First observed in 2015, Butter is a cryptocurrency mining campaign that has links to Singapore and Hong Kong. It has previously utilised the XOR.DDOS remote access trojan (RAT). However, it has recently been observed targeting Linux machines using a new RAT, known as Samba.
The threat actors operating the Butter campaign are using brute force SSH attacks on Linux devices that are exposed to the internet. If successful, the attackers will add a user, Butter, and create a backdoor. They will then download the payload, either Samba or XOR.DDOS, change its file permissions and execute it.
Once installed, Samba will delete log files to evade detection and add itself to configuration and start up systems to maintain persistence. It will then implement an update mechanism and execute a miner via a command and control server. The miner utilises the CPU of infected devices to mine for the Monero cryptocurrency. Additionally, Samba can execute shell commands, download files and also possesses the same features as XOR.DDOS. XOR.DDOS can perform distributed denial-of-service attacks, implement measures to maintain persistence, kill any competing malware and install a rootkit.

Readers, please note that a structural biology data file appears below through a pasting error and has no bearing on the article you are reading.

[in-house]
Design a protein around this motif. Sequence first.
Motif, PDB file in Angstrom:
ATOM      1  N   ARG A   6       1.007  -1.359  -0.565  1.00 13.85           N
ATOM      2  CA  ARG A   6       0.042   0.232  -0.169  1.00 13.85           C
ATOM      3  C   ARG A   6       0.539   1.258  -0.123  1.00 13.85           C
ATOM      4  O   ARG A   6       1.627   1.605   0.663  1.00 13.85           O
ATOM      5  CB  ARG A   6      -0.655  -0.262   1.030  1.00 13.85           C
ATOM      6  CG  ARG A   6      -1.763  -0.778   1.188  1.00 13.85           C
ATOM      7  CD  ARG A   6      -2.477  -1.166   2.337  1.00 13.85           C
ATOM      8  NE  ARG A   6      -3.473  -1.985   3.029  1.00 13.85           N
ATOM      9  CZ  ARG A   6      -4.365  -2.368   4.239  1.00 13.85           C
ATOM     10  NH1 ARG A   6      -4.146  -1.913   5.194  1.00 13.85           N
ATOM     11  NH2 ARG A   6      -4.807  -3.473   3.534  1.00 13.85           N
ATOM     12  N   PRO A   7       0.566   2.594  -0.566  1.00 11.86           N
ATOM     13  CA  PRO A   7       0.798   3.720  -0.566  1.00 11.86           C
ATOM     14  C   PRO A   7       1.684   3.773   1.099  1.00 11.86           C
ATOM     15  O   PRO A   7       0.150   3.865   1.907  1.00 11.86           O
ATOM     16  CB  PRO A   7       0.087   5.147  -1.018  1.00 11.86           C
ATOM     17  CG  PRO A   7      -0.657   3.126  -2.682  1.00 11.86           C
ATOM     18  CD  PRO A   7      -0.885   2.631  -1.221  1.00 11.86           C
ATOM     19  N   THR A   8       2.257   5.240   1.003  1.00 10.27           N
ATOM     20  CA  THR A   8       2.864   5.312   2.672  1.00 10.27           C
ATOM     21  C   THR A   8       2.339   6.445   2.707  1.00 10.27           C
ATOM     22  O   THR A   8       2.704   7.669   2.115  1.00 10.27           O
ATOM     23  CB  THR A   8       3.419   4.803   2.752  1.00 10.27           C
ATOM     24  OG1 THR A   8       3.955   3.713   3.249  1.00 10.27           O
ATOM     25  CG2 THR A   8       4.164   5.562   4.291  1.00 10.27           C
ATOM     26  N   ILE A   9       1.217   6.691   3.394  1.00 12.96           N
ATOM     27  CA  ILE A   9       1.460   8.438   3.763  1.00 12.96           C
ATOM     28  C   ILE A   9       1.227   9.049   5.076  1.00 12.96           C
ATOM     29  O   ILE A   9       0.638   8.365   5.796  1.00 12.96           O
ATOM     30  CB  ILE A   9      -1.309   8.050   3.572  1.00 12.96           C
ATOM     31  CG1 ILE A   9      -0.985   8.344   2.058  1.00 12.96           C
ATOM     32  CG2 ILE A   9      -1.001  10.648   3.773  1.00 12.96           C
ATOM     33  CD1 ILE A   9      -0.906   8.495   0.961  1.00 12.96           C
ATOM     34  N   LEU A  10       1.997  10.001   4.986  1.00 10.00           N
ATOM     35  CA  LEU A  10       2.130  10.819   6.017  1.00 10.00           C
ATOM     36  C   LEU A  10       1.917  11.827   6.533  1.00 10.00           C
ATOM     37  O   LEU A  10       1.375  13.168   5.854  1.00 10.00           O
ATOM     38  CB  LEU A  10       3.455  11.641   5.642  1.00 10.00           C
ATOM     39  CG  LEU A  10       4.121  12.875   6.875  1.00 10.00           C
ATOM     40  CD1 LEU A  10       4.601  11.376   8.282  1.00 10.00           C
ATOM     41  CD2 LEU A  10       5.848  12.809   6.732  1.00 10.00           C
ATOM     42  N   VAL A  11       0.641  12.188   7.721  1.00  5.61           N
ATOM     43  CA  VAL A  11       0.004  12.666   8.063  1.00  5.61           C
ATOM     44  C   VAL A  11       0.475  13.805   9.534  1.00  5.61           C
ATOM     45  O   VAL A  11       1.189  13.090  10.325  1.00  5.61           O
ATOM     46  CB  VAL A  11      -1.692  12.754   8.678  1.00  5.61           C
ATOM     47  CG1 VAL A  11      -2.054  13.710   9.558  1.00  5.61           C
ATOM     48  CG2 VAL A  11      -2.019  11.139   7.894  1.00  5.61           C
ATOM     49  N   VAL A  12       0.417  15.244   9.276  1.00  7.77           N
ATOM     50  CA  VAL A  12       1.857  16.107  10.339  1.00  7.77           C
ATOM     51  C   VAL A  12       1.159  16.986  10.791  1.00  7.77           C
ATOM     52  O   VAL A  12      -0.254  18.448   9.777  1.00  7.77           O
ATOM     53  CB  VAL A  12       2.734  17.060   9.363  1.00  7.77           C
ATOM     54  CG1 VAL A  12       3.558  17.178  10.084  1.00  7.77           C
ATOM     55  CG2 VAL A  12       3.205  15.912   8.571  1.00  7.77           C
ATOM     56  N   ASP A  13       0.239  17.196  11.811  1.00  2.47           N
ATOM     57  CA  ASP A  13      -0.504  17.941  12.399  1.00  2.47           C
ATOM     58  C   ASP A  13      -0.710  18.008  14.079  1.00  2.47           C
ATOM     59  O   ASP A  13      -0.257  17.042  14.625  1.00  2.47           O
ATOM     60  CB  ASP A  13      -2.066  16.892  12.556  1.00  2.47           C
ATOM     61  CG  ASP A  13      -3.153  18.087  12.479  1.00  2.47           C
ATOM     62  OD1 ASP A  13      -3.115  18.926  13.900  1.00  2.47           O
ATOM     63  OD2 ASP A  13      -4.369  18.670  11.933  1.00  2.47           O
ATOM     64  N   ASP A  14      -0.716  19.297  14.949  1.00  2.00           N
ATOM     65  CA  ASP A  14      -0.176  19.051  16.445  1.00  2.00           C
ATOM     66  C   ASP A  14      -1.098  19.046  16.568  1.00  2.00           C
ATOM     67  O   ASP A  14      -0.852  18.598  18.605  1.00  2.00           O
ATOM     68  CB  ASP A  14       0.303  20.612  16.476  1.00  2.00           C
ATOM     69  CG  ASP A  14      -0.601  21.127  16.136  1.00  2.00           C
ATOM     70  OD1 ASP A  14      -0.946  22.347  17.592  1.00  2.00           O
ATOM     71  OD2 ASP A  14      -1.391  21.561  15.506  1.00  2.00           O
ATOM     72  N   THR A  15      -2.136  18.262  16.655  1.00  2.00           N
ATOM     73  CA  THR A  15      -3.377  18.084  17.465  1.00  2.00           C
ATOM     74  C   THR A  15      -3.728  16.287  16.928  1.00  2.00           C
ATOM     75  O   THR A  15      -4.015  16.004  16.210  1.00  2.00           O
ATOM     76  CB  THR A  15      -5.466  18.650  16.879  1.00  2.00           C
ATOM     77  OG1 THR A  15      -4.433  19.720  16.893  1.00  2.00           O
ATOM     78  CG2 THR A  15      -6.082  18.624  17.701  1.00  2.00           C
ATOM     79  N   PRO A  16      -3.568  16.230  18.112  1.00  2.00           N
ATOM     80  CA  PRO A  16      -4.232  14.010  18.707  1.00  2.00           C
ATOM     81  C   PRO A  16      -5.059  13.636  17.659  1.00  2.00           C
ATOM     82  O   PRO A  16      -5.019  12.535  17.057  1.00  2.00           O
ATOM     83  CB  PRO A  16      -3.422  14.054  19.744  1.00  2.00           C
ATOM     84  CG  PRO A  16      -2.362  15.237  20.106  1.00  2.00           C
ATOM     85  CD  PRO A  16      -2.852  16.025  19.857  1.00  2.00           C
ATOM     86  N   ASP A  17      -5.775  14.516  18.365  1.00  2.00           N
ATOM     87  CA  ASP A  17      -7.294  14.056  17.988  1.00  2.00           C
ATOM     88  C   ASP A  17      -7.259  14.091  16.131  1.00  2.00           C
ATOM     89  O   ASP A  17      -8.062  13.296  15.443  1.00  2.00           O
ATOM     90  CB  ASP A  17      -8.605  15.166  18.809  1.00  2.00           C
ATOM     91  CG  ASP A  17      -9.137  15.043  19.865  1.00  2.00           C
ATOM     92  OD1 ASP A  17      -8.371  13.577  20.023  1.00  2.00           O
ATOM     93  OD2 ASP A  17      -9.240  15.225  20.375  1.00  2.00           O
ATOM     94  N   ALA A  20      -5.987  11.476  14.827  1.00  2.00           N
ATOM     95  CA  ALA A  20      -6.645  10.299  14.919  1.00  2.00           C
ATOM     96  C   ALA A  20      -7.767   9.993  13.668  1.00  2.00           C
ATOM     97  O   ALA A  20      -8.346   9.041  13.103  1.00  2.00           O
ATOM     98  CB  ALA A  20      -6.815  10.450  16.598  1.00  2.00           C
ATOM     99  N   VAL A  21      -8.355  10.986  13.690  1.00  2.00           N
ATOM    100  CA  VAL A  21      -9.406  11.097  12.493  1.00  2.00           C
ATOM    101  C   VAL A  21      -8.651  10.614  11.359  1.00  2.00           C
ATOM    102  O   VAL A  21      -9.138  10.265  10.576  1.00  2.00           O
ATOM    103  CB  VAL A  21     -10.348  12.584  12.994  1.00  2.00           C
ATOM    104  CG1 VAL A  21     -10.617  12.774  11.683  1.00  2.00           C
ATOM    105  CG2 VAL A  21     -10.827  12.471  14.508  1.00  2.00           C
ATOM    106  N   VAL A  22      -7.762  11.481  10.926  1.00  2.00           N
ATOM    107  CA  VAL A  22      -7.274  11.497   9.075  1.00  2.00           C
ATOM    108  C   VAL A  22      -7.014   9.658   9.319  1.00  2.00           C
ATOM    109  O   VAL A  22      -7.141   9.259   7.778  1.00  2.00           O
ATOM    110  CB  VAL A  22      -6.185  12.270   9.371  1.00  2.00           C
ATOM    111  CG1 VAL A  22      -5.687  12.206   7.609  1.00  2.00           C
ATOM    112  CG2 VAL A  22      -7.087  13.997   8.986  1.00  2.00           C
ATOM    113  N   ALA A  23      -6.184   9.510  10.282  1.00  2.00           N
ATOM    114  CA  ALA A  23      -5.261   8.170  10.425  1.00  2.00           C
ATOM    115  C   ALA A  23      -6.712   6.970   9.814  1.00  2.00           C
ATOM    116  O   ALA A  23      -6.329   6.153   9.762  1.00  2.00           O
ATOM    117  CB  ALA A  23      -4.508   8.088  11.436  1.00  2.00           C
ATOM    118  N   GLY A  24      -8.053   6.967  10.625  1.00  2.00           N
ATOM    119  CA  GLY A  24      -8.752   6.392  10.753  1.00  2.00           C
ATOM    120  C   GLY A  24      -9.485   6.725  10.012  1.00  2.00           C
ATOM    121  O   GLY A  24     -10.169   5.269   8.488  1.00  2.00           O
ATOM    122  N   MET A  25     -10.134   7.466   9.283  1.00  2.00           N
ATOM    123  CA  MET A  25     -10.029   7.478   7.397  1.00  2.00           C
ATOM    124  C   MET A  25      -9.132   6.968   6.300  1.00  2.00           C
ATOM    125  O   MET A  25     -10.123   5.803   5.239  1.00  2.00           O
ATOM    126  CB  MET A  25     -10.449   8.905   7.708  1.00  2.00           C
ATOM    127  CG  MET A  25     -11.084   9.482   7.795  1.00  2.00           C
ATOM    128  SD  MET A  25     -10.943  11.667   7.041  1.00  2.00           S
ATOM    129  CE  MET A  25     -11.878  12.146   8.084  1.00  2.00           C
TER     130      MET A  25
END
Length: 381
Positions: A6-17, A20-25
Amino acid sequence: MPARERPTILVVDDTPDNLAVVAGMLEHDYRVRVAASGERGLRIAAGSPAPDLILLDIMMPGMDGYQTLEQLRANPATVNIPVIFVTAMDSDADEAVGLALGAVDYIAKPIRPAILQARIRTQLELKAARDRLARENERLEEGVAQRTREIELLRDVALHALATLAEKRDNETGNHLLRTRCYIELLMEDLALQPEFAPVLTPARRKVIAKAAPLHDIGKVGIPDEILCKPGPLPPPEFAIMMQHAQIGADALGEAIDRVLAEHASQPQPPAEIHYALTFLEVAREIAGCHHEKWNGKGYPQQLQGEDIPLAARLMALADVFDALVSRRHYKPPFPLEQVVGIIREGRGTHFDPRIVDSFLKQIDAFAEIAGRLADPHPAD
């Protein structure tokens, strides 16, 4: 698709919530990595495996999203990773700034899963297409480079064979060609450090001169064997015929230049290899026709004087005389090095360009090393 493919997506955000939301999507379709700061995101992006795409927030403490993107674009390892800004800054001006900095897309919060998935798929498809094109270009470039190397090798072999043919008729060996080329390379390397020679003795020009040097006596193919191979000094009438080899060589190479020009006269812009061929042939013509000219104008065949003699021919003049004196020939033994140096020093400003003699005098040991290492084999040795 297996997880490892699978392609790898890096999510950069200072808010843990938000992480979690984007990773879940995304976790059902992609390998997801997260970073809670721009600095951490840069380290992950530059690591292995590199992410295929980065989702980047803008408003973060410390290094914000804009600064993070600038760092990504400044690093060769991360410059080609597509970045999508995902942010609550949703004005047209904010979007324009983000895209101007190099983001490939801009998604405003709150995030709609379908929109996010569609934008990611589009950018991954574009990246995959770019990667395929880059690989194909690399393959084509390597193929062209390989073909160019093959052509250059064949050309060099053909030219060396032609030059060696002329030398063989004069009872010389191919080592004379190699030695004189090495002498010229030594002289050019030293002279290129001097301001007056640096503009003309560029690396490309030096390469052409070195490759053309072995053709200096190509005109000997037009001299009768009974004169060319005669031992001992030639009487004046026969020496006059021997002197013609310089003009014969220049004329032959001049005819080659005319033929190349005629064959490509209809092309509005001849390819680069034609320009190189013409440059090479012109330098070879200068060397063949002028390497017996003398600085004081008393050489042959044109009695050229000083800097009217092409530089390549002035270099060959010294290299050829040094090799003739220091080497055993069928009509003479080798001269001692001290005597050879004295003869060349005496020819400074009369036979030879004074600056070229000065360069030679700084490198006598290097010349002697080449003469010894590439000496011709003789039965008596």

Indicators of Compromise
SHA256 File Hashes
Duncan is a technology professional with over 20 years experience of working in various IT roles. He has a interest in cyber security, and has a wide range of other skills in radio, electronics and telecommunications.